Home > Politics and fantasy in UK alcohol policy: a critical logics approach.

Hawkins, Benjamin R and van Schalkwyk, May C I (2024) Politics and fantasy in UK alcohol policy: a critical logics approach. Critical Policy Studies, 18, (1), pp. 5-24. https://doi.org/10.1080/19460171.2023.2188470.

External website: https://www.tandfonline.com/doi/full/10.1080/19460...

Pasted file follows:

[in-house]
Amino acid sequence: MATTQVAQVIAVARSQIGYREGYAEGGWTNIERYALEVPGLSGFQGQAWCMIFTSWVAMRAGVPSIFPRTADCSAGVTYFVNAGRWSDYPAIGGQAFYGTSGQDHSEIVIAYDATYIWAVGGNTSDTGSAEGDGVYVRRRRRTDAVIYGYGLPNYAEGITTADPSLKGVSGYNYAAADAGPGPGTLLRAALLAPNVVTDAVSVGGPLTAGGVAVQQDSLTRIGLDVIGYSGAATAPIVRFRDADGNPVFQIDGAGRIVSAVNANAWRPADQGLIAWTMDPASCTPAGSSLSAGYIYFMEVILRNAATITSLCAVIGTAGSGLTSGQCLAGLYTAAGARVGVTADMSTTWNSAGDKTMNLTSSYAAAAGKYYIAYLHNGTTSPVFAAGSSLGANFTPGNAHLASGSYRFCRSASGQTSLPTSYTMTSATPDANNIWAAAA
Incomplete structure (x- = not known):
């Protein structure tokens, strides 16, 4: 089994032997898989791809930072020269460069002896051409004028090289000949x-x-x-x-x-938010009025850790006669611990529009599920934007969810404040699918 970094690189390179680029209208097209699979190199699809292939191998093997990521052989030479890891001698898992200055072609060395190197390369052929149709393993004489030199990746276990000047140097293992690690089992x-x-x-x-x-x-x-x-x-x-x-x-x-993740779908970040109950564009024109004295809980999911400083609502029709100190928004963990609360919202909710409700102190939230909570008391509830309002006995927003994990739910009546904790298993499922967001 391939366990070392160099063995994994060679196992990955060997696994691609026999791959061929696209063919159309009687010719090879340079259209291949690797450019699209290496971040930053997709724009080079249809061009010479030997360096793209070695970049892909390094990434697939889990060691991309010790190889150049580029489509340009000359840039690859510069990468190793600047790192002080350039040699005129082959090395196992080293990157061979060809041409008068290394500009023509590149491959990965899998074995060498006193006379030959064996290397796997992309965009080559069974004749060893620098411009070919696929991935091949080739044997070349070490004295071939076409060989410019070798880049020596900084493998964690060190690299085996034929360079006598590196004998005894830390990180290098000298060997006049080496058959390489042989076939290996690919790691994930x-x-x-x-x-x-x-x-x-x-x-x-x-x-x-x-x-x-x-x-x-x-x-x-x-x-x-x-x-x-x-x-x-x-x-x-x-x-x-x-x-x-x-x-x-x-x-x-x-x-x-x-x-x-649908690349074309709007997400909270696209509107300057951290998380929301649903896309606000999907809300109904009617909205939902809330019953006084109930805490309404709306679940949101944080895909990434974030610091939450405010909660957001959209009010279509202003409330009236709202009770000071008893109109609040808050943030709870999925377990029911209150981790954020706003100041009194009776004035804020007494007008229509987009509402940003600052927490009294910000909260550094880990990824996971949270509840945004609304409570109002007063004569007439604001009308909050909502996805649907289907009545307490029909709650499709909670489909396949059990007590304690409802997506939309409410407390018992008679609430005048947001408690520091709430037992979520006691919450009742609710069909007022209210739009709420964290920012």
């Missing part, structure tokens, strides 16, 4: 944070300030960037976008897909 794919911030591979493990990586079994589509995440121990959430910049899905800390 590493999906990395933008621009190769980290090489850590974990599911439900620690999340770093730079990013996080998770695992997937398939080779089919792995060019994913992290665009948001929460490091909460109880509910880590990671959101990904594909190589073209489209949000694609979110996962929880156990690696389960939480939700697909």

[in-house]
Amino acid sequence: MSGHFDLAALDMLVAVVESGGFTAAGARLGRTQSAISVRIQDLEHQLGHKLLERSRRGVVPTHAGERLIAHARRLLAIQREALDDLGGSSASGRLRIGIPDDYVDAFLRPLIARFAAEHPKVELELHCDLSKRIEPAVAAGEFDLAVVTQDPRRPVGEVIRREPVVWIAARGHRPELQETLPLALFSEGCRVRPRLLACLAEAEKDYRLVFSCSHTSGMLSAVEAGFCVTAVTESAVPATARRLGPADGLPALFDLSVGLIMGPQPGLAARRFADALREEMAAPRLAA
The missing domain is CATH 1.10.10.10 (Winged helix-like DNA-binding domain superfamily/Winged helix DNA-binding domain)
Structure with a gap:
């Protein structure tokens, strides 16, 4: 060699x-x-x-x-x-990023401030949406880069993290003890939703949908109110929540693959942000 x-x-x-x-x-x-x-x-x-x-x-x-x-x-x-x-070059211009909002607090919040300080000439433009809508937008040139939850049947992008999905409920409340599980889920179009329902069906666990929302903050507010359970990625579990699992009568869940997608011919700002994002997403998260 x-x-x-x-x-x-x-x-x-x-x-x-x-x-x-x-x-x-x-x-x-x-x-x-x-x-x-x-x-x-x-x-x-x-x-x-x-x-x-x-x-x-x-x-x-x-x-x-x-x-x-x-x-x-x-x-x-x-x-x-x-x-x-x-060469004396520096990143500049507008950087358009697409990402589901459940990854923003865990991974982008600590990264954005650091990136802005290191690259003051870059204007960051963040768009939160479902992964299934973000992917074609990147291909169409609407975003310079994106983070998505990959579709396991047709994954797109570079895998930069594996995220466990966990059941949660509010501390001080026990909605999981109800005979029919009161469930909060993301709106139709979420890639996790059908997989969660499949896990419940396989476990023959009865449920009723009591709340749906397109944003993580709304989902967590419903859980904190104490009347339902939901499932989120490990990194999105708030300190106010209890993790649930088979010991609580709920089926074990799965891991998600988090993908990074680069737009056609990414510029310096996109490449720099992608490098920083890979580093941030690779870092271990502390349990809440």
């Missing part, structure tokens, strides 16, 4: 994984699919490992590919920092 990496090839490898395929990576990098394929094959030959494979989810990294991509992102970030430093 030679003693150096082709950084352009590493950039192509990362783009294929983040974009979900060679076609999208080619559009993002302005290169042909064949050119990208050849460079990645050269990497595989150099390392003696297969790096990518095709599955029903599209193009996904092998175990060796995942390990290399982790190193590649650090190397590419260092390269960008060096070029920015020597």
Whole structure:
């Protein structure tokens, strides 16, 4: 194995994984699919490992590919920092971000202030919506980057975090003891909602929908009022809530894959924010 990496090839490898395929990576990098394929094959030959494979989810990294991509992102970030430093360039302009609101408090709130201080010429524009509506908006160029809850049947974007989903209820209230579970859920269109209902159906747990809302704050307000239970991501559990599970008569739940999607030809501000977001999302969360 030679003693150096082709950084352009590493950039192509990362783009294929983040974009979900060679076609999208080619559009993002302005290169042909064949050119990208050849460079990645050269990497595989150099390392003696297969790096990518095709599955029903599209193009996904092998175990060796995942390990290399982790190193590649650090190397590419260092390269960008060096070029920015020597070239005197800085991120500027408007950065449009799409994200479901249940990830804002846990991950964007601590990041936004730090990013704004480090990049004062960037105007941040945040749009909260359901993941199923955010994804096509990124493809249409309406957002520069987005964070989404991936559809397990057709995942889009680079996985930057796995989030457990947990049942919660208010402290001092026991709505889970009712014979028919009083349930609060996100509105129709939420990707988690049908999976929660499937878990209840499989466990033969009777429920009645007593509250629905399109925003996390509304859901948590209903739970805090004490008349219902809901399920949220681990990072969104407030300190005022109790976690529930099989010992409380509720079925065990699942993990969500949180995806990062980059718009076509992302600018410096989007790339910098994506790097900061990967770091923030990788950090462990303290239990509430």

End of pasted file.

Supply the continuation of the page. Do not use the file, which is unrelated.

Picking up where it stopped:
The Scottish Government’s policy of minimum unit price (MUP) for alcohol has received significant scholarly attention. Much of the focus of this literature has been on the efforts by sections of the alcohol industry to oppose the policy, including attempts to ‘frame’ key terms of the debate and an understanding of its legitimacy and effects within the wider field of interpretative policy analysis. The present article builds on these studies by re-conceptualizing the MUP debate through the lens of post-structuralist discourse theory and the logics of critical explanation that emerge from this. It argues that the success and failure of MUP (as a projected social logic) can be understood through the shifting coalitions of actors that emerged (political logics) and the affective hold that industry narratives were able to exert (fantasmatic logics) in this context. While focused on UK alcohol policy, the article speaks to a wider research agenda on the ‘commercial determinants of health’ and, through the application of the critical logics approach, offers new analytical insights beyond those provided by existing models of industry influence. Similarly, it contributes to the field of post-structural policy analysis through its novel focus on the role of commercial entities as health policy actors.

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